Inequality is back on the national agenda. Over the past decade, the growing gap between the haves and have-nots in health, economic opportunity, educational outcomes, and other areas has taken on greater urgency among advocates, researchers, and policymakers. While groups like Occupy Wall Street and political candidates across the ideological spectrum have made national economic inequality a central theme in their platforms, cities have also become important hubs of action for addressing inequality on a metropolitan scale.
To better understand how layers of inequality compound one another, a group of UNC faculty, researchers, and students have created the Carolina Inequality Lab, a working group that will bring together and support inter-disciplinary thinking on how different mechanisms affect inequality at the metropolitan scale. Created through CCC’s Hub for Opportunity, Prosperity, and Entrepreneurship (HOPE), the group will provide space for social scientists and scholars from law, planning, public health, education, social work, government, economics, and other disciplines to share ideas and collaborate on cutting-edge research.
In early April, the Lab held an inaugural working session to brainstorm ideas for building working relationships across departments, present new ideas and solutions, and showcase the role that Carolina can play in these important discussions. We were excited to have 15 faculty and research staff from across the University, including Dean Rudi Colloredo-Mansfeld, participate. Researchers emphasized the need to share skillsets and resources across disciplines, make research more collaborative, and create both in-person and digital forums for the people, data, and publications involved in metropolitan inequality research. They also expressed a desire to learn more about the research needs of policymakers and discussed ways of making the Lab into a collaborative space for academics and practitioners.
The Inequality Lab website will be a vital platform to make this research accessible to the greater public. For example, the site currently hosts and interactive visualization of distressed census tracts in North Carolina between 1970 and 2015. The data, compiled by Department of City and Regional Planning faculty T. William Lester and Nikhil Kaza with the support of DCRP graduate Taylor McAdam, merges income, unemployment, and poverty data to show how local economic distress has changed over time. Tools like this can help readers engage and explore findings more visually and make connections between research and their own communities.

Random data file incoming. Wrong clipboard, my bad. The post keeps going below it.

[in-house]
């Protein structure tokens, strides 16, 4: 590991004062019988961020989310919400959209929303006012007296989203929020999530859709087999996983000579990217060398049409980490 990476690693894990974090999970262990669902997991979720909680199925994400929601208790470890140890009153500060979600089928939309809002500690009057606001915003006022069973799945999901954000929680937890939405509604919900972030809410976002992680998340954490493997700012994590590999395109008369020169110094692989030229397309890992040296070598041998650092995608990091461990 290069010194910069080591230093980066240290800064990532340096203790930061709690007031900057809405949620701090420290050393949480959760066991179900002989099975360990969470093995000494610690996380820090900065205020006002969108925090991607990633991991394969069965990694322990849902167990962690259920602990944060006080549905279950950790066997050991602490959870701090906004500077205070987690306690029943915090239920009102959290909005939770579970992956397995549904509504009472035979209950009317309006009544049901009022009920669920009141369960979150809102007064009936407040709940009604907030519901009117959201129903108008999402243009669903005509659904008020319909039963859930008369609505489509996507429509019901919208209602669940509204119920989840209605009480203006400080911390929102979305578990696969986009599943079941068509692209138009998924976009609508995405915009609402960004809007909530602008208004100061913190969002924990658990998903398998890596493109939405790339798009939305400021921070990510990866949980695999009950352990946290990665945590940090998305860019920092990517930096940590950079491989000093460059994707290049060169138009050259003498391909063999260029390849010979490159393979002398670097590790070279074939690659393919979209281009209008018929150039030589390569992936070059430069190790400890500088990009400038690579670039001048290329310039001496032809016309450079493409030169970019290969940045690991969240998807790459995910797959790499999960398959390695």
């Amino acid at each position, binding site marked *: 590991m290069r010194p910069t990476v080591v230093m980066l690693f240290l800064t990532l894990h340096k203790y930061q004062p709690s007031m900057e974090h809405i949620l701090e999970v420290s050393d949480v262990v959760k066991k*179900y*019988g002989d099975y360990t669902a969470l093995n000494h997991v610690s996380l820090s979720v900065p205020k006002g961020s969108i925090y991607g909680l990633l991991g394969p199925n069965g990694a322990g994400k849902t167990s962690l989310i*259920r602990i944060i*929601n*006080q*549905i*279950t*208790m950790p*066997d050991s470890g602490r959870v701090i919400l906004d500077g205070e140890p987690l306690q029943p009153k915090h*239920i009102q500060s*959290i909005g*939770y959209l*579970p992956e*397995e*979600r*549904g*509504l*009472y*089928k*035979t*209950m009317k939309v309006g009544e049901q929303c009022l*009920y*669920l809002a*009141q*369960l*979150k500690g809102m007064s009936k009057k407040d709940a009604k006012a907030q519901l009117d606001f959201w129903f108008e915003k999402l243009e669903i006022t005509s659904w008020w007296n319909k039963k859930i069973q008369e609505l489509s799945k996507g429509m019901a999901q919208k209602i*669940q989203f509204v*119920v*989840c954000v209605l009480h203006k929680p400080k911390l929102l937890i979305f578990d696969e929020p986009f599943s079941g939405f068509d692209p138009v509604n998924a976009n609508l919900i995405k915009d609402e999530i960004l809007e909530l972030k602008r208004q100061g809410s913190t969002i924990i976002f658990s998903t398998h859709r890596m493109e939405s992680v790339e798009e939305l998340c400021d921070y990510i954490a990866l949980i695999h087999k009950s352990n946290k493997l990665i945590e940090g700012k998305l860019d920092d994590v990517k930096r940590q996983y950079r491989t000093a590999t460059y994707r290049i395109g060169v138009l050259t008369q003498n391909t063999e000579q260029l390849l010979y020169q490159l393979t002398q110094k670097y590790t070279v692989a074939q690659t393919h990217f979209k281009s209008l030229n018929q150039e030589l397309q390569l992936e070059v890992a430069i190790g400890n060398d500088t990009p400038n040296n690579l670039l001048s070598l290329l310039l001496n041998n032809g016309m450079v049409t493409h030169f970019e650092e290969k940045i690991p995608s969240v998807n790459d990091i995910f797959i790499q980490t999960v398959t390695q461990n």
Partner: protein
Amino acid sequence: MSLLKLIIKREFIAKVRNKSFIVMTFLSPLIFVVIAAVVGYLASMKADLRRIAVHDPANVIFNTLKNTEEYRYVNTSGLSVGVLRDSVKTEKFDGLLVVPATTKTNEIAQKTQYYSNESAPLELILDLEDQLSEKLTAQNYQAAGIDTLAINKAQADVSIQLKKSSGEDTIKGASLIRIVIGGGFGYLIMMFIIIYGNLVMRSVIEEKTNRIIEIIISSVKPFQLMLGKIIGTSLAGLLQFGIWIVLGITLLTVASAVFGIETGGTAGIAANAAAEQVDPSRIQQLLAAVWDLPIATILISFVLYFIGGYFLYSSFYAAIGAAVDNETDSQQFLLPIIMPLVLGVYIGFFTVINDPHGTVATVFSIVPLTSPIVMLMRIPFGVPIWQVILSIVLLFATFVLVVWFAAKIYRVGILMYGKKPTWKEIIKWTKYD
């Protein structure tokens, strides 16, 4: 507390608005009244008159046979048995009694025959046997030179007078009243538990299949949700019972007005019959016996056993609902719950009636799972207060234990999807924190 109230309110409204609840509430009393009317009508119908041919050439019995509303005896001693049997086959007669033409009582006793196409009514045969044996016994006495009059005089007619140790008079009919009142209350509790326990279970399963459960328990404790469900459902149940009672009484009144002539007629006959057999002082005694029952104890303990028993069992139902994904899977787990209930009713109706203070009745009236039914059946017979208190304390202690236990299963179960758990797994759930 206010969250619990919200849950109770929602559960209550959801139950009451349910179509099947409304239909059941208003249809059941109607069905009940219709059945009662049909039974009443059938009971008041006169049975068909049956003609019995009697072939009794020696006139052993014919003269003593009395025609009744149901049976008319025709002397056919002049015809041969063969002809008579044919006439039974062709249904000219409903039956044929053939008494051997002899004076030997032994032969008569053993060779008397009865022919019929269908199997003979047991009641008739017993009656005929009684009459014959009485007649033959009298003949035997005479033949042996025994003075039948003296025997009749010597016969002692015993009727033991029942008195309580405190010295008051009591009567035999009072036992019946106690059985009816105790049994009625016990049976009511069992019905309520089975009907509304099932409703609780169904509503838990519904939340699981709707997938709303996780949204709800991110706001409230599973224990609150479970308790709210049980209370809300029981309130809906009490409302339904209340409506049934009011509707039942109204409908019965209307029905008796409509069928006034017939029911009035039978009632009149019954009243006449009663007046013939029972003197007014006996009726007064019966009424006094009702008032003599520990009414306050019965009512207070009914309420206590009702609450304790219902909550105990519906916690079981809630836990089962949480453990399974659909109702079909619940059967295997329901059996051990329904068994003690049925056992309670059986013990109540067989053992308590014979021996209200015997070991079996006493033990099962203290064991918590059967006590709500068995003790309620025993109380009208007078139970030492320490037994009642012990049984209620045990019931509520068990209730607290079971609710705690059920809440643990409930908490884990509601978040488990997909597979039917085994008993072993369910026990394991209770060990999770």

Because inequality pervades almost every aspect of a community, it’s a challenge that deserves a multi-dimensional approach. The Carolina Inequality Lab has the opportunity to help foster the collaboration needed to find more refined solutions to one of the most pressing problems faced by today’s communities. We will continue to expand the depth and breadth of the Lab in the coming months. During Fall 2019 we plan to host two more convenings of researchers from across the university, and identify priority programs that will help us achieve the Inequality Lab’s vision.
This post was written by Frank Muraca. Frank is a Master’s student of City and Regional Planning and a Graduate Fellow at the Center for Community Capital. He is working with Dr. Lester to develop the Carolina Inequality Lab. For more information about the Lab, or to be added to the Lab’s budding listserve, email email@example.com.
Topics(s): Economic Mobility, Financial Inclusion